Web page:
In Tune with Innovation: The "West by Southwest" Music Panel at the 2009 Western History Association Conference

Article excerpt

The South and the West in the Creation of America

BY DOUGLAS FLAMMING

From the nation's beginnings, the American South and the American West have been involved in a complicated relationship--an unpredictable, ongoing dance across time and space. The result has been that each region--or section, as Americans used to say--has played a vital role in shaping the other. To fully understand either region, we must analyze how each has influenced the other.

This task is easier said than done. For one thing, interregional analysis isn't exactly the surest path to professional security: There are no job advertisements for historians who specialize in regional studies or southern and western history. Both regions have successful historical associations that work largely in isolation: the Southern Historical Association (SHA), which was founded in 1934, and the Western History Association (WHA), founded in 1961. The Journal of Southern History and the Western Historical Quarterly naturally focus on historical dynamics within their regional scopes. Neither journal offers much information about the other region. In both southern and western historiography, regional comparisons are almost always to "America"-that is, to the North.

It would be easier to appreciate the South--West relationship if the North would fess up to being a region, a powerfully influential section of the United States that has changed dramatically over time. Alas, there is no Northern History Association. Despite some small historical societies that focus on northern subregions (New England, say), and despite scattered efforts to promote the Midwest as a candidate for regional analysis, historians of Detroit or Ohio or the mid-Atlantic states still claim to be writing "American" history. And so we are stuck with a national narrative that is out of joint; it includes two outlying regions whose separate pasts serve as foils for the story of the dominant region.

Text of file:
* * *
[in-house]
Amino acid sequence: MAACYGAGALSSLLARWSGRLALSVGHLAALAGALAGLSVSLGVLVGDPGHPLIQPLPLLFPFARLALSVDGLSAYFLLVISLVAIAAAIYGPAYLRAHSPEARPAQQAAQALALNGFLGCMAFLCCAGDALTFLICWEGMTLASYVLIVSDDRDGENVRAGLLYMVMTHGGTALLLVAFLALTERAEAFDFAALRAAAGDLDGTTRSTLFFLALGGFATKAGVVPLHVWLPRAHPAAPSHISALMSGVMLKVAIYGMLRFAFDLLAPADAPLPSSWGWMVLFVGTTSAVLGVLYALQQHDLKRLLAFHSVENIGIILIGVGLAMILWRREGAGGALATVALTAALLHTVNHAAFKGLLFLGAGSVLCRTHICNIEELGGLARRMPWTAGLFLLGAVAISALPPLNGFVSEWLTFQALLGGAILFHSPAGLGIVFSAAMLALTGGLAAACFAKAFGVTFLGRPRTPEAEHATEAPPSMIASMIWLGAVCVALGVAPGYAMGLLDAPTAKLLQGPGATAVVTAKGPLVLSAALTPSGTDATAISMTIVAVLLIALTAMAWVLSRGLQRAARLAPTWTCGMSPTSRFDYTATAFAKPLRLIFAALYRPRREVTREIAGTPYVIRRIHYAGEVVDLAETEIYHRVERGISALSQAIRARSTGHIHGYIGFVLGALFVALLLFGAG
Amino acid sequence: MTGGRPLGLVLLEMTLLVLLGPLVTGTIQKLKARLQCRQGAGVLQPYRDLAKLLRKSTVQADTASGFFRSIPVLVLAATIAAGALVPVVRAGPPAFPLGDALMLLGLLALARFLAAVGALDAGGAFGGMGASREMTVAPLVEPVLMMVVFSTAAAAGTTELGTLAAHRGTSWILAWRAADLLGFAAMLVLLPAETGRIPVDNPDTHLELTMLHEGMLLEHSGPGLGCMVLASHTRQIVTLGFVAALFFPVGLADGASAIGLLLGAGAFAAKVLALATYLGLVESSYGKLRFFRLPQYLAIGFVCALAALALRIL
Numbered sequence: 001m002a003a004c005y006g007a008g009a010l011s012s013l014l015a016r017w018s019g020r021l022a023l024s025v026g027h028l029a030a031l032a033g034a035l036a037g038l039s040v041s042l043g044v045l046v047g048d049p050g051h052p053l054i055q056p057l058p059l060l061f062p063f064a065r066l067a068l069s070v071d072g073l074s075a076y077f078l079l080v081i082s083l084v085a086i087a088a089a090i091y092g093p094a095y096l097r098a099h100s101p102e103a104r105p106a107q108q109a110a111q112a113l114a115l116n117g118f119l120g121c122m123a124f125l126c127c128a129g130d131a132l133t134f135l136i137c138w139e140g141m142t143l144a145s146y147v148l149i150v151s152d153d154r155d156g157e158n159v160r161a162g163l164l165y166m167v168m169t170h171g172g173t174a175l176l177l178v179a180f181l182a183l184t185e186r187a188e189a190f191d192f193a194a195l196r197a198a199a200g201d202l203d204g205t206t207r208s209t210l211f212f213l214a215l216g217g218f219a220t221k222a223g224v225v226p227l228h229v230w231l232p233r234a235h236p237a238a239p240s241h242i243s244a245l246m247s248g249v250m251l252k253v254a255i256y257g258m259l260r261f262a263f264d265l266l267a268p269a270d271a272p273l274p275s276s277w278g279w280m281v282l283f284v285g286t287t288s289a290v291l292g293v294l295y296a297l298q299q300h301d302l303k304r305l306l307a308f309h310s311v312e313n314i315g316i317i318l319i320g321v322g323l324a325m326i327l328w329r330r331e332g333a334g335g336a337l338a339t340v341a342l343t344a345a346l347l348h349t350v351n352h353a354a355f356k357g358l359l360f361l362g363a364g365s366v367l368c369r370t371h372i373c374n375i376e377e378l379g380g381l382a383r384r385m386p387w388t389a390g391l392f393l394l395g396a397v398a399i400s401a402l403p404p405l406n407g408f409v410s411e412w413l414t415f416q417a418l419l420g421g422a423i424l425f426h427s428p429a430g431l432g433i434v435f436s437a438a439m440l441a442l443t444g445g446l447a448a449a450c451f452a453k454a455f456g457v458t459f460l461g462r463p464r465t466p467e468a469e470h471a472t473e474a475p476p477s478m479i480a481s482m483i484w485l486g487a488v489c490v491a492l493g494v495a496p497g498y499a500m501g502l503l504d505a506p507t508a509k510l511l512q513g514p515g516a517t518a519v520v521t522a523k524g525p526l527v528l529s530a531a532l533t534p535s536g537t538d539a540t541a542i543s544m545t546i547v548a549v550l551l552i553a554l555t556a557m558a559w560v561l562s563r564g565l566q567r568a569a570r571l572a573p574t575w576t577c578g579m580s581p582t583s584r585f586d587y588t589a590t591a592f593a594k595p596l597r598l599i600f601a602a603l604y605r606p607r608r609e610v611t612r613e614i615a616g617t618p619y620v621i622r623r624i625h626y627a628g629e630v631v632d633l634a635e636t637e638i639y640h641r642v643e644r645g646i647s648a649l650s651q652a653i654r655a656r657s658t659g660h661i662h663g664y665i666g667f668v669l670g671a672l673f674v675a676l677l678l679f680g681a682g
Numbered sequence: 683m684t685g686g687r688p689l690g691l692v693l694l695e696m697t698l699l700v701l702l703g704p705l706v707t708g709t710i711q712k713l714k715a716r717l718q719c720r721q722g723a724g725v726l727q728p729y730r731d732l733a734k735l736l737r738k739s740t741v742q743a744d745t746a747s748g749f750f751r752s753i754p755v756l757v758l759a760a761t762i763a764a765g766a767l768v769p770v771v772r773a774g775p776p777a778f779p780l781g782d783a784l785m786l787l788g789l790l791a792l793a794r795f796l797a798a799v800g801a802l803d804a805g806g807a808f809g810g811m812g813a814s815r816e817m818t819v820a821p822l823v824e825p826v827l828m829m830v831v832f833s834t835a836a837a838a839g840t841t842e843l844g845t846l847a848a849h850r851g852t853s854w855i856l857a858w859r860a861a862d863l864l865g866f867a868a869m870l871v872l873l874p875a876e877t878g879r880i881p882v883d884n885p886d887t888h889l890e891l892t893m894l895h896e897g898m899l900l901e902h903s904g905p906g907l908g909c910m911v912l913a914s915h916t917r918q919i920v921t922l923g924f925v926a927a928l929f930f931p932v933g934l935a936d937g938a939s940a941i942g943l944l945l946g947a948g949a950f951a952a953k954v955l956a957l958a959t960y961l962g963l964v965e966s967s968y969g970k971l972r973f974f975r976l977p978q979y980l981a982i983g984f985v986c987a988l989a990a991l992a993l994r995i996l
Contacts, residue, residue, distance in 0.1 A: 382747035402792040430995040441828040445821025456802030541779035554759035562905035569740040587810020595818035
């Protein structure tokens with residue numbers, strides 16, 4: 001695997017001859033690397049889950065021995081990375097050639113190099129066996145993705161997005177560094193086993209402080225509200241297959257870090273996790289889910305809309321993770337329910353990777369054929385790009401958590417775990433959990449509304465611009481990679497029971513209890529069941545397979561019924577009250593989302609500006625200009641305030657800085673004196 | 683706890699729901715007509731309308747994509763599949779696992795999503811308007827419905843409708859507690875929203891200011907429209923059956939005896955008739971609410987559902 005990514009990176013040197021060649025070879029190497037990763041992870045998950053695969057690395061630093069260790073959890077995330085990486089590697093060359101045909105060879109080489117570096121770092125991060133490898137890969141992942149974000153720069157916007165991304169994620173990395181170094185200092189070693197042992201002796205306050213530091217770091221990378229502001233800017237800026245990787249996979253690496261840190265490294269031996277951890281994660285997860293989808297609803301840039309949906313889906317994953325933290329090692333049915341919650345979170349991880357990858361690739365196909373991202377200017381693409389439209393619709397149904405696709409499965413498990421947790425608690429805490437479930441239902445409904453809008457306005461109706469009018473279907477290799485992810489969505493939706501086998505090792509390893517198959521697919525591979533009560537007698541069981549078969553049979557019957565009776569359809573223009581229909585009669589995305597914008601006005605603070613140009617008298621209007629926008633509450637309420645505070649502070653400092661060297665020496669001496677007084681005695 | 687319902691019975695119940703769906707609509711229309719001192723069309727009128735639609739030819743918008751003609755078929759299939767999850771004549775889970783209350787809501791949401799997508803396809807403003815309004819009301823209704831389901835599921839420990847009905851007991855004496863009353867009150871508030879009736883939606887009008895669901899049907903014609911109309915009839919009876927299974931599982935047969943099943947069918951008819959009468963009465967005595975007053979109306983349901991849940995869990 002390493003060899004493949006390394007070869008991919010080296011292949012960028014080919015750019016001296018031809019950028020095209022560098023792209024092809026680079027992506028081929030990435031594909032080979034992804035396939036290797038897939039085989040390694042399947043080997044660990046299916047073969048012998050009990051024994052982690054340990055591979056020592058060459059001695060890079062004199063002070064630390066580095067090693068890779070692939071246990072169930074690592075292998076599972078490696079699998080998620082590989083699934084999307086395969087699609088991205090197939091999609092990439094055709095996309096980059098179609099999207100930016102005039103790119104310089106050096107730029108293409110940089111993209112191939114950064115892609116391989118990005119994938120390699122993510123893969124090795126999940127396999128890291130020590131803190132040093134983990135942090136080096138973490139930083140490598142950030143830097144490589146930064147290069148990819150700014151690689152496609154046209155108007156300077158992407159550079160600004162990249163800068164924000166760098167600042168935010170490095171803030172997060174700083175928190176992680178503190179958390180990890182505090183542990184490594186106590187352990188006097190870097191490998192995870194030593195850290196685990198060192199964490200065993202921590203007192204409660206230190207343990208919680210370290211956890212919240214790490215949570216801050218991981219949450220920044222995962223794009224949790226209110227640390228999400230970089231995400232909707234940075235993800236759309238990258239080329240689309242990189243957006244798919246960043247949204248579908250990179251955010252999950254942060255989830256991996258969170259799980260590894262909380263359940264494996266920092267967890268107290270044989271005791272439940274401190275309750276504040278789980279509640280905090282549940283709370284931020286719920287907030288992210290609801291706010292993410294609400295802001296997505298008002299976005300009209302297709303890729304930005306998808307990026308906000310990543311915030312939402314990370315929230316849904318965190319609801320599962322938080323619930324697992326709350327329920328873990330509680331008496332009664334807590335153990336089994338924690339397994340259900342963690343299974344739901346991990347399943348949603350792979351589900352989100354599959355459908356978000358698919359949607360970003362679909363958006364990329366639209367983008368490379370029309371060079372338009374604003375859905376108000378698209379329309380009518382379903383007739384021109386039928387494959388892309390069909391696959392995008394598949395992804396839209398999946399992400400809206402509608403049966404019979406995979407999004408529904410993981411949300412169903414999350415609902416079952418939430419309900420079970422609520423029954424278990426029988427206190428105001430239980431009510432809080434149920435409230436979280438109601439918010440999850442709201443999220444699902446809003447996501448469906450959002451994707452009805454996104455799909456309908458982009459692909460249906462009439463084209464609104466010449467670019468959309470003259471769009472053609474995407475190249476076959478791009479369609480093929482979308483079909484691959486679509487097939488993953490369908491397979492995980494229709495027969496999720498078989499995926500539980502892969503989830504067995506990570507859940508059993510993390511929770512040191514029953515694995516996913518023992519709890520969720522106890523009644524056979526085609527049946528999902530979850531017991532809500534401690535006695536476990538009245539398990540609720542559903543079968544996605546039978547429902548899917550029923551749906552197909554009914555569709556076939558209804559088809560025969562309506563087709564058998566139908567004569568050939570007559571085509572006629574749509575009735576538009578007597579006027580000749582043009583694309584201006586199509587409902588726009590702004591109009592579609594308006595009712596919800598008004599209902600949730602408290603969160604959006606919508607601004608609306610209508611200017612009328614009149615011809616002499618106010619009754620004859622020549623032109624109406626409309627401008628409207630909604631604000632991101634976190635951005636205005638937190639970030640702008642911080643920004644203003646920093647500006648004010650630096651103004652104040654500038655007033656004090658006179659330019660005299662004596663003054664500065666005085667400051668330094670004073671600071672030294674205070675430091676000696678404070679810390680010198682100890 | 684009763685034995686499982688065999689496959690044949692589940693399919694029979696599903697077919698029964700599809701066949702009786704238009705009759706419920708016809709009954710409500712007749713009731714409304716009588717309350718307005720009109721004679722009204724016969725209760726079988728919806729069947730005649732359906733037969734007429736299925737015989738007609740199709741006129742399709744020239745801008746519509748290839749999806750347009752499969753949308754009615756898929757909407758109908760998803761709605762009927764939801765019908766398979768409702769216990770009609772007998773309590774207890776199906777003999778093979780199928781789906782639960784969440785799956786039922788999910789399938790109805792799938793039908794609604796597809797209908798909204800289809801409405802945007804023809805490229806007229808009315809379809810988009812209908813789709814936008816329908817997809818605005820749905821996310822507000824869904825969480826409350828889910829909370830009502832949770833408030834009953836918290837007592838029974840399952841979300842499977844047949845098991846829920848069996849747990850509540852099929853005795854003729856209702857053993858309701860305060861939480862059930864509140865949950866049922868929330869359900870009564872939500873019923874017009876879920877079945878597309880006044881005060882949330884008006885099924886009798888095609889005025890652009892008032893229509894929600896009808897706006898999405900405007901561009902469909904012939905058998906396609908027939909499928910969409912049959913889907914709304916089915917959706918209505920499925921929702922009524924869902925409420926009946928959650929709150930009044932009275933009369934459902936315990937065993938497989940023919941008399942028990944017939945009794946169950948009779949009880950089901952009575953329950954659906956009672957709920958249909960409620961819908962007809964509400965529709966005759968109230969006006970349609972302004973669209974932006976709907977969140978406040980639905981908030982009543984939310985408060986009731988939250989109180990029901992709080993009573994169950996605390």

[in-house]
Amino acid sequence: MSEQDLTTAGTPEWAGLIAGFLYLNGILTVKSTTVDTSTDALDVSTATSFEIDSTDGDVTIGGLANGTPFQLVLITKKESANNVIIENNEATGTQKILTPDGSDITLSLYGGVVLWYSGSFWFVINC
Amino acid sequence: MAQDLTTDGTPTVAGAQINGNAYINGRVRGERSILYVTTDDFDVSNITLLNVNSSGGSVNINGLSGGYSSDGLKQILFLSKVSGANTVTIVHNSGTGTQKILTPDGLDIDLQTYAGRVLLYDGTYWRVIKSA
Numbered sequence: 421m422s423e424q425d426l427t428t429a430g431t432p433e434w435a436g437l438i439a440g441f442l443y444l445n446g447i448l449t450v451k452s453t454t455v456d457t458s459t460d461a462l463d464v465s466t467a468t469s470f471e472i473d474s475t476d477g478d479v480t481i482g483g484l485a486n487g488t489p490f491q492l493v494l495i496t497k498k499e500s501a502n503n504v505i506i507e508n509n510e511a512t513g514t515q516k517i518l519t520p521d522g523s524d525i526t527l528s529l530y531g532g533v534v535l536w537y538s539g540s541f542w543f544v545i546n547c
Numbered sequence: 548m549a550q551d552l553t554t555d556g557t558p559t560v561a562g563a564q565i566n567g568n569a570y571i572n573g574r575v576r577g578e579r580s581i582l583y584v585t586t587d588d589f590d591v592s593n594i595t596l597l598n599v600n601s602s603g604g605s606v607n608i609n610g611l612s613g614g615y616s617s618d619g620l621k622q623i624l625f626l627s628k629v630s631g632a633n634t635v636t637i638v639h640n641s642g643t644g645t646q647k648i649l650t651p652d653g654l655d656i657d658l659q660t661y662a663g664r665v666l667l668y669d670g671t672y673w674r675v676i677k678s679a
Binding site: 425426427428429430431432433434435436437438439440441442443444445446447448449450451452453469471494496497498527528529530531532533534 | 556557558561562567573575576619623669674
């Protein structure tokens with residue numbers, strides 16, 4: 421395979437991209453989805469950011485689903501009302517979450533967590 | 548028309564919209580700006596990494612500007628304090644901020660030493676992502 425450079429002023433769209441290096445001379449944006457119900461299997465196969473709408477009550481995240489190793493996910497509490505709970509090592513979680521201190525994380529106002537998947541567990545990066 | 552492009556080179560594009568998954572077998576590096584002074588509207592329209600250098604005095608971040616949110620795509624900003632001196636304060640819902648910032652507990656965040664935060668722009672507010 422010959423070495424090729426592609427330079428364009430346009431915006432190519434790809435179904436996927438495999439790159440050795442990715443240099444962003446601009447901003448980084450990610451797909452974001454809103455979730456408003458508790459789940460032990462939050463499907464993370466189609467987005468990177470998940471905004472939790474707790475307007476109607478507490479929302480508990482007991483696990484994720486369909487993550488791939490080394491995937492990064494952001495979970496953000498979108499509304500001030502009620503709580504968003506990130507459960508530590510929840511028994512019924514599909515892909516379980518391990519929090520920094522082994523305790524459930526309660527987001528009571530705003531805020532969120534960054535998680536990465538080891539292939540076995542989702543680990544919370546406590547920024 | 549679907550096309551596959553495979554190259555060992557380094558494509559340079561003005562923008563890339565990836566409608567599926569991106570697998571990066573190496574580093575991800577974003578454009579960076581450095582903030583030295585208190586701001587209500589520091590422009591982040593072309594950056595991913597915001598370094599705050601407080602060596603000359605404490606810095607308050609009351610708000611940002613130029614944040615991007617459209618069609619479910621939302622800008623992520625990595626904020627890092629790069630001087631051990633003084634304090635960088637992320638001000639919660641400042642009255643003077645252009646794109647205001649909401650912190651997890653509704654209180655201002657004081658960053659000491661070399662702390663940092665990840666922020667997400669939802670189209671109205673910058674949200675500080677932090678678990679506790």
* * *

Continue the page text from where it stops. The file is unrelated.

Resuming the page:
Nearly a century ago, Frederick Jackson Turner had a better idea: build a national narrative by focusing on the interrelationships among America's three major regions. I know that does not sound like Frederick Jackson Turner, but that, in the end, is where his historical studies led him. Despite the fanfare and controversy surrounding his famous Frontier Thesis, presented in 1893, Turner spent most of his career working toward what he considered a more significant outlook on American history: his Sectional Thesis, published as an article in 1925 and later included in his largely forgotten posthumous book of essays on sectionalism. (1) Turner's Sectional Thesis concludes that "the significance of the section in American history is that it is the faint image of a European nation and that we need to reexamine our history in the light of this fact. Our politics and our society have been shaped by sectional complexity and interplay, not unlike what goes on between European nations." (2)

The U.S. frontier had moved across the continent from the Atlantic Coast to the Pacific, but this frontier process had given rise to three major sections of the country: North, South, and West. The West as frontier had been, Turner wrote, "a stage of society rather than a place." (3) But that was not all. Once the frontier stage had passed, it left behind distinctive sections with distinctive political and economic interests and distinctive cultures and mores. Turner's primary example of regional interplay was the Civil War. The war had been a struggle between two former frontier regions--North and South--both of which sought to control the "New West" and use it to their own advantage within the national political system. Or, in Turner's words, "Such a struggle as the slavery contest can only be understood by bearing in mind that it was not merely a contest of North against South, but that its form and its causes were fundamentally shaped by the dynamic factor of expanding sections, of a West to be won. …